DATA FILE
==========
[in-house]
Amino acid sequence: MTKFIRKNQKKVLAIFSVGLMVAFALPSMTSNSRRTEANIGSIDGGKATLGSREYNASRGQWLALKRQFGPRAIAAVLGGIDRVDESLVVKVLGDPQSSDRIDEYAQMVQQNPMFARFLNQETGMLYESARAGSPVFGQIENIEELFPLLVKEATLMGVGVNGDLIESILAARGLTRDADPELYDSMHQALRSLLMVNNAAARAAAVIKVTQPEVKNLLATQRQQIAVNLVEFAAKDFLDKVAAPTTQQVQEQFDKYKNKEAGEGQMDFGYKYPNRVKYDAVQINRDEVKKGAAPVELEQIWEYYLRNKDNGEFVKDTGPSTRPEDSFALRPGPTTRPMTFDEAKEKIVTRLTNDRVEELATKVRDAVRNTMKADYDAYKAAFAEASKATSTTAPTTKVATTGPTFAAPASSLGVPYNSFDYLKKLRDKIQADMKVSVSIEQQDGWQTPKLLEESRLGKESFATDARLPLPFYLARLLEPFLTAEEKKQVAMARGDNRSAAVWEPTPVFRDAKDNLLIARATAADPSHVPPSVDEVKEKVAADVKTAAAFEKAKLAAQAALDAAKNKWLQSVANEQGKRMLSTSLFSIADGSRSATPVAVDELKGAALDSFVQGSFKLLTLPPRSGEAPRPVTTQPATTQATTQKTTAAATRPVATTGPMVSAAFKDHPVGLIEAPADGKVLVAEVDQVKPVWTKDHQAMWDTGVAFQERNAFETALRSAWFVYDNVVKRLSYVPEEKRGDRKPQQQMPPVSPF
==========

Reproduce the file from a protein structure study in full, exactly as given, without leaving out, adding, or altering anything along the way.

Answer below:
[in-house]
Amino acid sequence: MTKFIRKNQKKVLAIFSVGLMVAFALPSMTSNSRRTEANIGSIDGGKATLGSREYNASRGQWLALKRQFGPRAIAAVLGGIDRVDESLVVKVLGDPQSSDRIDEYAQMVQQNPMFARFLNQETGMLYESARAGSPVFGQIENIEELFPLLVKEATLMGVGVNGDLIESILAARGLTRDADPELYDSMHQALRSLLMVNNAAARAAAVIKVTQPEVKNLLATQRQQIAVNLVEFAAKDFLDKVAAPTTQQVQEQFDKYKNKEAGEGQMDFGYKYPNRVKYDAVQINRDEVKKGAAPVELEQIWEYYLRNKDNGEFVKDTGPSTRPEDSFALRPGPTTRPMTFDEAKEKIVTRLTNDRVEELATKVRDAVRNTMKADYDAYKAAFAEASKATSTTAPTTKVATTGPTFAAPASSLGVPYNSFDYLKKLRDKIQADMKVSVSIEQQDGWQTPKLLEESRLGKESFATDARLPLPFYLARLLEPFLTAEEKKQVAMARGDNRSAAVWEPTPVFRDAKDNLLIARATAADPSHVPPSVDEVKEKVAADVKTAAAFEKAKLAAQAALDAAKNKWLQSVANEQGKRMLSTSLFSIADGSRSATPVAVDELKGAALDSFVQGSFKLLTLPPRSGEAPRPVTTQPATTQATTQKTTAAATRPVATTGPMVSAAFKDHPVGLIEAPADGKVLVAEVDQVKPVWTKDHQAMWDTGVAFQERNAFETALRSAWFVYDNVVKRLSYVPEEKRGDRKPQQQMPPVSPF